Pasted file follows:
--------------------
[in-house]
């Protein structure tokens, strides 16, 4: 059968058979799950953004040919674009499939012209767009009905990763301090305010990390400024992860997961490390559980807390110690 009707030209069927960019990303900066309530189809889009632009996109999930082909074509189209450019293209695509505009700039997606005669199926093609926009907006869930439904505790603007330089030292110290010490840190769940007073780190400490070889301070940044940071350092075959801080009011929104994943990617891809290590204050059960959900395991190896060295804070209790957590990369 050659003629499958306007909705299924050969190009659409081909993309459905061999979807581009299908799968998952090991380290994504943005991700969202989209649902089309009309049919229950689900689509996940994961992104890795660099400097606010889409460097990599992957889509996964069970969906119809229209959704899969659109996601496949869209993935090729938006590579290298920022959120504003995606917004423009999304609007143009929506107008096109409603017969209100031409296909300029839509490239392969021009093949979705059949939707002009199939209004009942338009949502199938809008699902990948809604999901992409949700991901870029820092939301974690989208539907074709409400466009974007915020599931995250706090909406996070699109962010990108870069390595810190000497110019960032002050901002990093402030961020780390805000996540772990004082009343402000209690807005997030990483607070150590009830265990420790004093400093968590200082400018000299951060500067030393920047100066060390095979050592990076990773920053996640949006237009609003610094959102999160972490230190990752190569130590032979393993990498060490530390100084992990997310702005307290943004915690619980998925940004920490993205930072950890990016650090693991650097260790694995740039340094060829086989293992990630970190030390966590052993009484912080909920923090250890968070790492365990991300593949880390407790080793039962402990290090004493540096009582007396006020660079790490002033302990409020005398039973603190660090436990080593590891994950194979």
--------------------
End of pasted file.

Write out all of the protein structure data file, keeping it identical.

[in-house]
């Protein structure tokens, strides 16, 4: 059968058979799950953004040919674009499939012209767009009905990763301090305010990390400024992860997961490390559980807390110690 009707030209069927960019990303900066309530189809889009632009996109999930082909074509189209450019293209695509505009700039997606005669199926093609926009907006869930439904505790603007330089030292110290010490840190769940007073780190400490070889301070940044940071350092075959801080009011929104994943990617891809290590204050059960959900395991190896060295804070209790957590990369 050659003629499958306007909705299924050969190009659409081909993309459905061999979807581009299908799968998952090991380290994504943005991700969202989209649902089309009309049919229950689900689509996940994961992104890795660099400097606010889409460097990599992957889509996964069970969906119809229209959704899969659109996601496949869209993935090729938006590579290298920022959120504003995606917004423009999304609007143009929506107008096109409603017969209100031409296909300029839509490239392969021009093949979705059949939707002009199939209004009942338009949502199938809008699902990948809604999901992409949700991901870029820092939301974690989208539907074709409400466009974007915020599931995250706090909406996070699109962010990108870069390595810190000497110019960032002050901002990093402030961020780390805000996540772990004082009343402000209690807005997030990483607070150590009830265990420790004093400093968590200082400018000299951060500067030393920047100066060390095979050592990076990773920053996640949006237009609003610094959102999160972490230190990752190569130590032979393993990498060490530390100084992990997310702005307290943004915690619980998925940004920490993205930072950890990016650090693991650097260790694995740039340094060829086989293992990630970190030390966590052993009484912080909920923090250890968070790492365990991300593949880390407790080793039962402990290090004493540096009582007396006020660079790490002033302990409020005398039973603190660090436990080593590891994950194979």